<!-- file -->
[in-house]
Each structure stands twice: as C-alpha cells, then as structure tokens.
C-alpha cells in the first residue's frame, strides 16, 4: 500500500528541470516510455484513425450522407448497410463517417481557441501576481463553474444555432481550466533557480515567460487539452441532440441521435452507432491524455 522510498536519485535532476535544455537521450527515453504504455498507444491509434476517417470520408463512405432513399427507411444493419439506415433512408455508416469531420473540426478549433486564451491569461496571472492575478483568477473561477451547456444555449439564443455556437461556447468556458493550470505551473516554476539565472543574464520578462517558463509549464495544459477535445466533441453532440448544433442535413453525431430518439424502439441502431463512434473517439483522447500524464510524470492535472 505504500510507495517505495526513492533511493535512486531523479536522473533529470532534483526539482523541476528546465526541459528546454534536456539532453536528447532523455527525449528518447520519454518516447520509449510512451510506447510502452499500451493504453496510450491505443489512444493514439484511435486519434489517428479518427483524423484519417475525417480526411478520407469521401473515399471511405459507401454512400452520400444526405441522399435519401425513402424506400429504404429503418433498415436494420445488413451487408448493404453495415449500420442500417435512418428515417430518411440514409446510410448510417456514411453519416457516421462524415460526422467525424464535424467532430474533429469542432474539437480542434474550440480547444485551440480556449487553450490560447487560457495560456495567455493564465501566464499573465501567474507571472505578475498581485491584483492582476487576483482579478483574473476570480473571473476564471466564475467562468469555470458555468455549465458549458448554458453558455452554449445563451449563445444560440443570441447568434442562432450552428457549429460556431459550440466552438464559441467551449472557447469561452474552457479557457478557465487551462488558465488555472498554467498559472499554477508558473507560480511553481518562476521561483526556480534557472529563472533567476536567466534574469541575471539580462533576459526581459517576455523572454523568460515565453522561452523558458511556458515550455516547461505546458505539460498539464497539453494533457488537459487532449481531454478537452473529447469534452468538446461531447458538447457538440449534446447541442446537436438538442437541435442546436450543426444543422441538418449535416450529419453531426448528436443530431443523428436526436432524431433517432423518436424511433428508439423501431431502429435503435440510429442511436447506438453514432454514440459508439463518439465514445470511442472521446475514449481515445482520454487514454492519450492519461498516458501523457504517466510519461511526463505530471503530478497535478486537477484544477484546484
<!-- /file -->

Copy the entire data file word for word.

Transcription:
[in-house]
Each structure stands twice: as C-alpha cells, then as structure tokens.
C-alpha cells in the first residue's frame, strides 16, 4: 500500500528541470516510455484513425450522407448497410463517417481557441501576481463553474444555432481550466533557480515567460487539452441532440441521435452507432491524455 522510498536519485535532476535544455537521450527515453504504455498507444491509434476517417470520408463512405432513399427507411444493419439506415433512408455508416469531420473540426478549433486564451491569461496571472492575478483568477473561477451547456444555449439564443455556437461556447468556458493550470505551473516554476539565472543574464520578462517558463509549464495544459477535445466533441453532440448544433442535413453525431430518439424502439441502431463512434473517439483522447500524464510524470492535472 505504500510507495517505495526513492533511493535512486531523479536522473533529470532534483526539482523541476528546465526541459528546454534536456539532453536528447532523455527525449528518447520519454518516447520509449510512451510506447510502452499500451493504453496510450491505443489512444493514439484511435486519434489517428479518427483524423484519417475525417480526411478520407469521401473515399471511405459507401454512400452520400444526405441522399435519401425513402424506400429504404429503418433498415436494420445488413451487408448493404453495415449500420442500417435512418428515417430518411440514409446510410448510417456514411453519416457516421462524415460526422467525424464535424467532430474533429469542432474539437480542434474550440480547444485551440480556449487553450490560447487560457495560456495567455493564465501566464499573465501567474507571472505578475498581485491584483492582476487576483482579478483574473476570480473571473476564471466564475467562468469555470458555468455549465458549458448554458453558455452554449445563451449563445444560440443570441447568434442562432450552428457549429460556431459550440466552438464559441467551449472557447469561452474552457479557457478557465487551462488558465488555472498554467498559472499554477508558473507560480511553481518562476521561483526556480534557472529563472533567476536567466534574469541575471539580462533576459526581459517576455523572454523568460515565453522561452523558458511556458515550455516547461505546458505539460498539464497539453494533457488537459487532449481531454478537452473529447469534452468538446461531447458538447457538440449534446447541442446537436438538442437541435442546436450543426444543422441538418449535416450529419453531426448528436443530431443523428436526436432524431433517432423518436424511433428508439423501431431502429435503435440510429442511436447506438453514432454514440459508439463518439465514445470511442472521446475514449481515445482520454487514454492519450492519461498516458501523457504517466510519461511526463505530471503530478497535478486537477484544477484546484